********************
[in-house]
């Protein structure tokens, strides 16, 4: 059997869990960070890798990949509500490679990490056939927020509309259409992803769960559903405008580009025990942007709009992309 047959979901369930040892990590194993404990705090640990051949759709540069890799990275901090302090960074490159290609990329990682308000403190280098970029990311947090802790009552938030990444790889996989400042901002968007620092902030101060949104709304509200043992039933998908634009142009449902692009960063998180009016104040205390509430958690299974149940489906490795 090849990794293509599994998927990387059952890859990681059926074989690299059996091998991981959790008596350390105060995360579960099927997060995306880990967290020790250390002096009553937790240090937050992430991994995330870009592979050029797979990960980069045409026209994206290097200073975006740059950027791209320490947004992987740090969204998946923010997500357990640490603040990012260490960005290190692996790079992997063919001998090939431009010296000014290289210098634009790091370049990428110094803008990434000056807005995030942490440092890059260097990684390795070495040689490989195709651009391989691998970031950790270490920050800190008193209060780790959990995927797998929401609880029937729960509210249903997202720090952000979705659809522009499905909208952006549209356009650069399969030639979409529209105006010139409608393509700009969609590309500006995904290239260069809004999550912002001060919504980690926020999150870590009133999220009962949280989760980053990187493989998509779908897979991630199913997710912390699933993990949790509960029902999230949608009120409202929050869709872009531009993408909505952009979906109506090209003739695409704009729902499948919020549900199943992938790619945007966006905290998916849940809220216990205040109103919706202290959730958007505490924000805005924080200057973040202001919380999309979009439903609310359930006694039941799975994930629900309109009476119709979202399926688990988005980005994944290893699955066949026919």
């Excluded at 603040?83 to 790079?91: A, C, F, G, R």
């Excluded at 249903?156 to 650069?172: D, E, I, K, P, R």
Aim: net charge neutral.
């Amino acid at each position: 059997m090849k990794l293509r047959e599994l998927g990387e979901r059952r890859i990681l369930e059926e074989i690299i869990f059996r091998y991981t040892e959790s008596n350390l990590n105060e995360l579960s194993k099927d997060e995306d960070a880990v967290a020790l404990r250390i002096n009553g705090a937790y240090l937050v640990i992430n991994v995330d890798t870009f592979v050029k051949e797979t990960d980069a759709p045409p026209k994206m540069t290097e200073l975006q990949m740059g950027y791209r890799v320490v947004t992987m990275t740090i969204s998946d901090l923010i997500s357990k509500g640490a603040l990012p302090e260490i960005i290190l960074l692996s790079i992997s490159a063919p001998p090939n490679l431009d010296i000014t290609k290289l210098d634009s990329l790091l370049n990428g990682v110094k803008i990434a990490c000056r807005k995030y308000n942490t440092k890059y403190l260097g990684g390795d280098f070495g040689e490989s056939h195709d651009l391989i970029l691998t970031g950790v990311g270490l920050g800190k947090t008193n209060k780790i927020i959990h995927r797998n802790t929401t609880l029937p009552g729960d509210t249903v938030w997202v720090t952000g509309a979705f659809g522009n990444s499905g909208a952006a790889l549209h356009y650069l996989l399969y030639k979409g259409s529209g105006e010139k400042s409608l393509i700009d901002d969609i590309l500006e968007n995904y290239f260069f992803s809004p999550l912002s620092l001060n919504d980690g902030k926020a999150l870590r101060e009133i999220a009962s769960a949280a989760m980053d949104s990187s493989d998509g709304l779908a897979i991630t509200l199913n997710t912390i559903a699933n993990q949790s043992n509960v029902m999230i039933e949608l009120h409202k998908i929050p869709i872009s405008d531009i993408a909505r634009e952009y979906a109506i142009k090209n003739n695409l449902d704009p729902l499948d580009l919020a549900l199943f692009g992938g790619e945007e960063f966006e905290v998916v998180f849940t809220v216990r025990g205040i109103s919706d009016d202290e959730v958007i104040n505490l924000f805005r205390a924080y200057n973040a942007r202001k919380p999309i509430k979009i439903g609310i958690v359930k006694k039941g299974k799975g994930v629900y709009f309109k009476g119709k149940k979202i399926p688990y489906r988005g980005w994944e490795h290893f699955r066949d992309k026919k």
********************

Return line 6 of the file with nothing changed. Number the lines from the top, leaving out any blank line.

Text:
């Amino acid at each position: 059997m090849k990794l293509r047959e599994l998927g990387e979901r059952r890859i990681l369930e059926e074989i690299i869990f059996r091998y991981t040892e959790s008596n350390l990590n105060e995360l579960s194993k099927d997060e995306d960070a880990v967290a020790l404990r250390i002096n009553g705090a937790y240090l937050v640990i992430n991994v995330d890798t870009f592979v050029k051949e797979t990960d980069a759709p045409p026209k994206m540069t290097e200073l975006q990949m740059g950027y791209r890799v320490v947004t992987m990275t740090i969204s998946d901090l923010i997500s357990k509500g640490a603040l990012p302090e260490i960005i290190l960074l692996s790079i992997s490159a063919p001998p090939n490679l431009d010296i000014t290609k290289l210098d634009s990329l790091l370049n990428g990682v110094k803008i990434a990490c000056r807005k995030y308000n942490t440092k890059y403190l260097g990684g390795d280098f070495g040689e490989s056939h195709d651009l391989i970029l691998t970031g950790v990311g270490l920050g800190k947090t008193n209060k780790i927020i959990h995927r797998n802790t929401t609880l029937p009552g729960d509210t249903v938030w997202v720090t952000g509309a979705f659809g522009n990444s499905g909208a952006a790889l549209h356009y650069l996989l399969y030639k979409g259409s529209g105006e010139k400042s409608l393509i700009d901002d969609i590309l500006e968007n995904y290239f260069f992803s809004p999550l912002s620092l001060n919504d980690g902030k926020a999150l870590r101060e009133i999220a009962s769960a949280a989760m980053d949104s990187s493989d998509g709304l779908a897979i991630t509200l199913n997710t912390i559903a699933n993990q949790s043992n509960v029902m999230i039933e949608l009120h409202k998908i929050p869709i872009s405008d531009i993408a909505r634009e952009y979906a109506i142009k090209n003739n695409l449902d704009p729902l499948d580009l919020a549900l199943f692009g992938g790619e945007e960063f966006e905290v998916v998180f849940t809220v216990r025990g205040i109103s919706d009016d202290e959730v958007i104040n505490l924000f805005r205390a924080y200057n973040a942007r202001k919380p999309i509430k979009i439903g609310i958690v359930k006694k039941g299974k799975g994930v629900y709009f309109k009476g119709k149940k979202i399926p688990y489906r988005g980005w994944e490795h290893f699955r066949d992309k026919k």